The author and publishers of a new book on Anne Frank's plight have turned one of the few at least partially upbeat stories of Jewish life and thought during the Holocaust into one of Jewish perfidy and treachery. The timing couldn’t be worse: antisemitism is flourishing once again, and Holocaust memory is diminishing.
Many people define doxing as posting someone’s personal information online. But doxing as a blanket term threatens to ignore the crucial difference between criminal doxing on the one hand, and, on the other hand, lawfully identifying people online, where the purpose may be to protect others, track down extremists or report on a public interest story. This is why ADL and State Senator Adam Morfeld worked together to introduce legislation to outlaw criminal doxing in Nebraska.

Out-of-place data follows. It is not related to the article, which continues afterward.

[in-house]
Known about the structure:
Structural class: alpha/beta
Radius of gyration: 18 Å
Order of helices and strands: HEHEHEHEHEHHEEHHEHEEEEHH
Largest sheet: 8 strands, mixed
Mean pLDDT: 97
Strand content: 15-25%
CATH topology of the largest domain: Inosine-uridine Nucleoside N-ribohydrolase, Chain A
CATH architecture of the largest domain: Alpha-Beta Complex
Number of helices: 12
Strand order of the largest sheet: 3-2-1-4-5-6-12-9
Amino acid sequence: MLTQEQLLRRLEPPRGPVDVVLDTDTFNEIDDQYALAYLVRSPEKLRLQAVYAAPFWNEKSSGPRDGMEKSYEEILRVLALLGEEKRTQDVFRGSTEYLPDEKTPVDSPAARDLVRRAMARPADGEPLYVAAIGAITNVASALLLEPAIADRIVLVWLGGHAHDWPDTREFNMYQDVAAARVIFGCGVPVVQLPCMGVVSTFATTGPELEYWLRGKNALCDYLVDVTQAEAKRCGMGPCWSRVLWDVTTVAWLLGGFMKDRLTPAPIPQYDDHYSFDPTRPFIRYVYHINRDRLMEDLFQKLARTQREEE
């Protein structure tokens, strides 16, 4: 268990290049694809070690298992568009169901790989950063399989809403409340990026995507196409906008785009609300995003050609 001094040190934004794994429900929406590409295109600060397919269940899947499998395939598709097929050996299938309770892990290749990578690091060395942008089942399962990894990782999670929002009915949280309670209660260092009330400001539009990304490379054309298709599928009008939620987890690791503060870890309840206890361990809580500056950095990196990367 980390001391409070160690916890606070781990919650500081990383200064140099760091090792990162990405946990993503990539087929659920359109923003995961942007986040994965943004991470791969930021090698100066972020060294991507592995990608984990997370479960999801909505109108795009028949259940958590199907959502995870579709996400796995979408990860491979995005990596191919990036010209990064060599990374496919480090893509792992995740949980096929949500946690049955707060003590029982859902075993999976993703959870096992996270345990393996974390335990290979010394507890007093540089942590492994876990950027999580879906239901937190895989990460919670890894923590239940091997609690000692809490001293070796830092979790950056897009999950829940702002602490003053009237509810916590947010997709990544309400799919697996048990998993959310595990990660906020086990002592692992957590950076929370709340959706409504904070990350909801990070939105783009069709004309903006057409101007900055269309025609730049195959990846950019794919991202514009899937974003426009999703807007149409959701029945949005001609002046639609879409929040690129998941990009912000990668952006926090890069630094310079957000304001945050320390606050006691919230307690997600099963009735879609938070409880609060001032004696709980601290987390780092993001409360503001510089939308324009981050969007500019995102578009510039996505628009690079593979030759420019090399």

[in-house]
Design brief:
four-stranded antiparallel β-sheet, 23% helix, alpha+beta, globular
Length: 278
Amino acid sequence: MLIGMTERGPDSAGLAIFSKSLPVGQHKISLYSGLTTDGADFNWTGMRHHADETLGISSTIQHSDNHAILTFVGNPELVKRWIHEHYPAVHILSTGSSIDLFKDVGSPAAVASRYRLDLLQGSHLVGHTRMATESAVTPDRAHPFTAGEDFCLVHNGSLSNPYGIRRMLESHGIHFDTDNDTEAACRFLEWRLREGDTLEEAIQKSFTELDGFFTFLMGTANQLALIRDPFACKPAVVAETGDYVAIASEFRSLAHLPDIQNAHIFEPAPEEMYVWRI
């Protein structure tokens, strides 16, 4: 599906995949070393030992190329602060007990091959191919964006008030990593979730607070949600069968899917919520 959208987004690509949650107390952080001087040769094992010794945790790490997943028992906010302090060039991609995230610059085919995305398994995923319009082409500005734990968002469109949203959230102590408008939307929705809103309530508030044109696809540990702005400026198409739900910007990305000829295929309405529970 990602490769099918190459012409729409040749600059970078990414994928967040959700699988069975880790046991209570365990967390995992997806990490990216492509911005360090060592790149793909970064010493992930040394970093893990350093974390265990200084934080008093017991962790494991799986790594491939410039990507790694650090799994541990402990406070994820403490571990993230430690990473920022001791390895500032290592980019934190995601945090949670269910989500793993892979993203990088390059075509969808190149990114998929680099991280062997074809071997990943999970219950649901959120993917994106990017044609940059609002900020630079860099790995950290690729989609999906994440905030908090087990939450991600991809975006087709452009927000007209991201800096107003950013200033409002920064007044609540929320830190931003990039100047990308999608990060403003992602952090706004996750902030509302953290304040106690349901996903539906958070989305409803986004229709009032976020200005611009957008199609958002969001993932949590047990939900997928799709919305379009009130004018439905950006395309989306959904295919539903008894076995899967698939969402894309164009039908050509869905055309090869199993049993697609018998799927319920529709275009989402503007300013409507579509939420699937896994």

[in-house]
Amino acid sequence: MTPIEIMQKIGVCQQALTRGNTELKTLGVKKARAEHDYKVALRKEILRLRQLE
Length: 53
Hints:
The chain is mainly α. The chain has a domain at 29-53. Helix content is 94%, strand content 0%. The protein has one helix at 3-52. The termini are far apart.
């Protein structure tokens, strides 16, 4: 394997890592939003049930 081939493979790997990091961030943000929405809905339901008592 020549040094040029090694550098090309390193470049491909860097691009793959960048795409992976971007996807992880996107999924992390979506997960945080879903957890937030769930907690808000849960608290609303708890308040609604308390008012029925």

With the assistance of ADL’s Center on Extremism, an alleged neo-Nazi was arrestedfor his apparent role in a nationwide swatting campaign. In testimony before a House subcommittee, ADL’s CEO urged Congress to take action to curb online hate speech, if the social media companies continue to fail to do so. In an effort to label Democrats as sympathetic toward Iran, President Trump retweeted an Islamophobic and doctored image of House Speaker Nancy Pelosi and Senate Minority Leader Chuck Schumer wearing Islamic head coverings and standing in front of the Iranian flag.